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With Boucheron’s latest “Carte Blanche” high jewelry collection, creative director Claire Choisne set out to capture the entire spectrum of color, finding her solution in the possibilities of light. The result is “Holographique,” a suite of 25 new necklaces, brooches, bracelets, rings, and earrings within nine sets.
To capture all the potential brilliance of light and its refracted rainbow of color, Choisne and Boucheron both looked to the holographic effect in nature found in opals and arrived at a surprising high-tech spraying process created in collaboration with the French industrial manufacturer Saint-Gobain. When applied to rock crystal and ceramic at high temperatures, the technique re-creates the natural holographic phenomenon.
In the collection, a dazzling opal is wrapped by a betta fish swimming against a sea of iridescent opal beads. Peonies and pansies shimmer in the light, reflecting like the surface of water. A fan of futuristic feathers makes up a necklace in rock crystal and diamonds that radiates the rainbow.
Whitewall spoke with Choisne about exploring the potential of movement, color, and light with the historic jewelry maison.
WHITEWALL: How did you arrive at light as the theme for this collection?
CLAIRE CHOISNE: In fact, light was the solution. In the beginning, my purpose was more about color. When you think of the Boucheron archive, color is part of Boucheron’s DNA. But for the 10 years that I’ve been at Boucheron, I didn’t find yet a way to express colors in this new way. I didn’t want to do a collection that you’ve already seen. So I found the solution in light, and this link between light and colors—the refraction of light and this holographic effect.
Usually, you see colors with stone colors, but I wanted to have all the colors on all the pieces. So, a holographic effect was a good way to achieve that.
WW: How did you find this really industrial technique of getting to that holographic effect?
CC: I have great teams that work with me. We have an innovation team at Boucheron, so I spoke to them, and I explained the concept and what I wanted to express through this collection. They started looking at how to achieve that and they found Saint-Gobain.
Saint-Gobain had never worked at all for jewelry. It was quite strange at the beginning, as they are engineers and we are not, but we found a way to work together and achieve the collection. It was great.
WW: How did this technique then influence the look and feel of the collection, the overall design?
CC: At the beginning, I thought that this holographic effect would be always the same—lots of color, but quite the same effect. We found that no, it wasn’t true. We put 10 layers of coating on each piece, and thanks to those 10 layers, you can change the final aspect of the coating. So we succeeded to create a gradation of intensity through the collection. Some pieces are quite soft with color, and in others you have a lot more.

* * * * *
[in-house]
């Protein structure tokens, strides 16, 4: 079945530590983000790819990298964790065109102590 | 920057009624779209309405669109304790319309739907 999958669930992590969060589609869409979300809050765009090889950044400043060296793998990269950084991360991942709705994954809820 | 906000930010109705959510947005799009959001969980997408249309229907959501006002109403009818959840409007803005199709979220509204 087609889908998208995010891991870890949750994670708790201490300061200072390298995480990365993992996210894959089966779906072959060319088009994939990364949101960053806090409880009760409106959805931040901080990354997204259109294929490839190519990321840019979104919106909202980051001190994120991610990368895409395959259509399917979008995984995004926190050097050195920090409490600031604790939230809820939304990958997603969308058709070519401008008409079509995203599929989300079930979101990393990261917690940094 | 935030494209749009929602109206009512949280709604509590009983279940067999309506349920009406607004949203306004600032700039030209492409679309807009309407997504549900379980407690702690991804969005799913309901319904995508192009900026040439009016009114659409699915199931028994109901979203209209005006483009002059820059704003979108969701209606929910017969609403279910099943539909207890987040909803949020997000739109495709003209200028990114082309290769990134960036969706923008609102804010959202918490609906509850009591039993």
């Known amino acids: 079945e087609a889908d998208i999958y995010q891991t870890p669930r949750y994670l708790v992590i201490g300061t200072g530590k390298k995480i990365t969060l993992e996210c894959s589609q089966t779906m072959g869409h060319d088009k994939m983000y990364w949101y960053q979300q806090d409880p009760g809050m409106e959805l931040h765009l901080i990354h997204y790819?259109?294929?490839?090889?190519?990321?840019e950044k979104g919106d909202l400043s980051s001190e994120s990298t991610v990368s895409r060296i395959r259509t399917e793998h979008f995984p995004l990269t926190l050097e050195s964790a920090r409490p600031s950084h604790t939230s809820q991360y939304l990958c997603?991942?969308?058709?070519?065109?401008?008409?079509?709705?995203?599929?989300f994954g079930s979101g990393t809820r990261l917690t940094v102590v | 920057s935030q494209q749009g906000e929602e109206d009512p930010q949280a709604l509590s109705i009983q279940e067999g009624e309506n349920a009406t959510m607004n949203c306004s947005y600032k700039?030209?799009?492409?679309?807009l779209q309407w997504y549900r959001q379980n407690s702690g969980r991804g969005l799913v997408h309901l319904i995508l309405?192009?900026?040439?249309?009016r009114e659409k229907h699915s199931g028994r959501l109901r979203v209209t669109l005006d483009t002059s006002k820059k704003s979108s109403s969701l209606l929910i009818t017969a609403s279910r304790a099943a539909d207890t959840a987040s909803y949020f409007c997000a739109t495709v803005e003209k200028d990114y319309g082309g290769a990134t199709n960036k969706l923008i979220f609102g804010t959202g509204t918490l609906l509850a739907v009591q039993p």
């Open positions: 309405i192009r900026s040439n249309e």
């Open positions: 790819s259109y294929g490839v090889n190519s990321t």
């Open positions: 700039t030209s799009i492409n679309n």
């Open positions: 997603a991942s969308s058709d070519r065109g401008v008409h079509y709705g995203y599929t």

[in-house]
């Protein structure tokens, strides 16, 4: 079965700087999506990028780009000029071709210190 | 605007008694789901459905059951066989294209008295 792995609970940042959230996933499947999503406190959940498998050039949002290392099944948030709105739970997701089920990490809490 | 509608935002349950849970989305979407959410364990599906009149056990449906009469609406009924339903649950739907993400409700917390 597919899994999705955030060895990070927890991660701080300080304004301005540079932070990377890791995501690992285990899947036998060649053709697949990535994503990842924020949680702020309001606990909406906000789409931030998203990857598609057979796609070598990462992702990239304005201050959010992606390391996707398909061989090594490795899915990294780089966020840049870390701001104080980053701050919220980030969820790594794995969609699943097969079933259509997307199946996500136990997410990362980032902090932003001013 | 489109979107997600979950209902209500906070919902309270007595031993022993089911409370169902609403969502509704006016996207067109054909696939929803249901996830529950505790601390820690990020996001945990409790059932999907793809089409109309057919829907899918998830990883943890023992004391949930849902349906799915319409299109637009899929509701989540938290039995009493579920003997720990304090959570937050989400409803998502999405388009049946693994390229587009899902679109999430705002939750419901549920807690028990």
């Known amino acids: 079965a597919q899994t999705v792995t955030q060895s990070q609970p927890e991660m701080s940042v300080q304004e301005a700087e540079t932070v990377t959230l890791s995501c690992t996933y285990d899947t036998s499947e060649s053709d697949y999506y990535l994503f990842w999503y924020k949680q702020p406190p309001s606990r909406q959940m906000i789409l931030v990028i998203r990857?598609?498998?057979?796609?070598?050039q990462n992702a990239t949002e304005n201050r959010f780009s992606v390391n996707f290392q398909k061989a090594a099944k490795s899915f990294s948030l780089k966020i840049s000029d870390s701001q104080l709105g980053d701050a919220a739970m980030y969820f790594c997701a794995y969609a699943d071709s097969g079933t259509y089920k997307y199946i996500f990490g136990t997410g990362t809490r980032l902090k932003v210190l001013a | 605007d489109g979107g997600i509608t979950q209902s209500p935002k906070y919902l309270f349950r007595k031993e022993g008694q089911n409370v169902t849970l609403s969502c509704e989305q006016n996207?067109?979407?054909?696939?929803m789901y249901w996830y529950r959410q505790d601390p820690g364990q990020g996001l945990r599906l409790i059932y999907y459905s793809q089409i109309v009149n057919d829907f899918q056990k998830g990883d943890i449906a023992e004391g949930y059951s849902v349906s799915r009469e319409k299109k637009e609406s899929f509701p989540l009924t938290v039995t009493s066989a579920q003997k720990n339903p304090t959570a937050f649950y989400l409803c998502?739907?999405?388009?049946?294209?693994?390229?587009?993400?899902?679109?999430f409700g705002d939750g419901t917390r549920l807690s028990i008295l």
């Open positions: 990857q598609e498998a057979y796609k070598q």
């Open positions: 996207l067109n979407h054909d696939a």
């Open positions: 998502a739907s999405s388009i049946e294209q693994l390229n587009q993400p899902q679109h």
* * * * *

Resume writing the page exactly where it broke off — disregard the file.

WW: How did that relate to the choice of using opals?
CC: I split the collection in two. At the beginning I knew we would start with opals to express that you can find holographic effects in nature, and then, the in second part of the collection we’d re-create this holographic effect.
WW: There’s this balance in the collection between the beauty of nature and then these super futuristic designs. How did you move between the two?
CC: It was also like a gradation of purity. We start the betta fish and flowers in the beginning of the collection. It’s something important for us because at Boucheron we work a lot around the theme of nature. But I also love the purity of quite contemporary design. That’s why you find both.
WW: The collection feels quite joyful. What emotions did you want to capture?
CC: It was one of my first goals. I always start with what I want to say, what I want to express. I knew that it was color, but why? And why, it’s because I think that color brings you joy and wonder and it’s always positive. So if you have this feeling, that’s perfect, that was the point.
WW: How were artist Olafur Eliasson and architect Luis Barragán
sources of inspiration for this collection?
CC: I think the first source of inspiration most instinctively was nature, with the natural phenomena of rainbows, Northern Lights. But after that, when I went deeper in the subject, I remembered the work of Olafur Eliasson, the link between light and colors. I had the chance to go to see an exhibit when I worked on this collection, and I remember the feeling that I had watching was that color can really create emotion. It’s not only aesthetic—you feel something. We tried to reproduce a little bit this kind of feeling.
I love as well the architect Luis Barragán. He was born in 1902, and I had a chance to see his work in Mexico and spent some time with a man who worked with him a long time ago who explained this link between light and colors. It’s so modern, so pop, and so cool. You can feel as well the joy in this kid of architecture. That was a great source of inspiration.
WW: From designing collection to collection, is it a continuation or do you start fresh? How do you like to work?
CC: After 10 years, I can now see that there is something that links all the collections. Your ideas don’t stop there and start again. It’s a continuity. And high jewelry is really about a big timescale. It’s not the past and present; it’s a continuity. It’s really about finding something new to say and express, new creativity, but at the same time, to be sure to have a link with our archive, our history.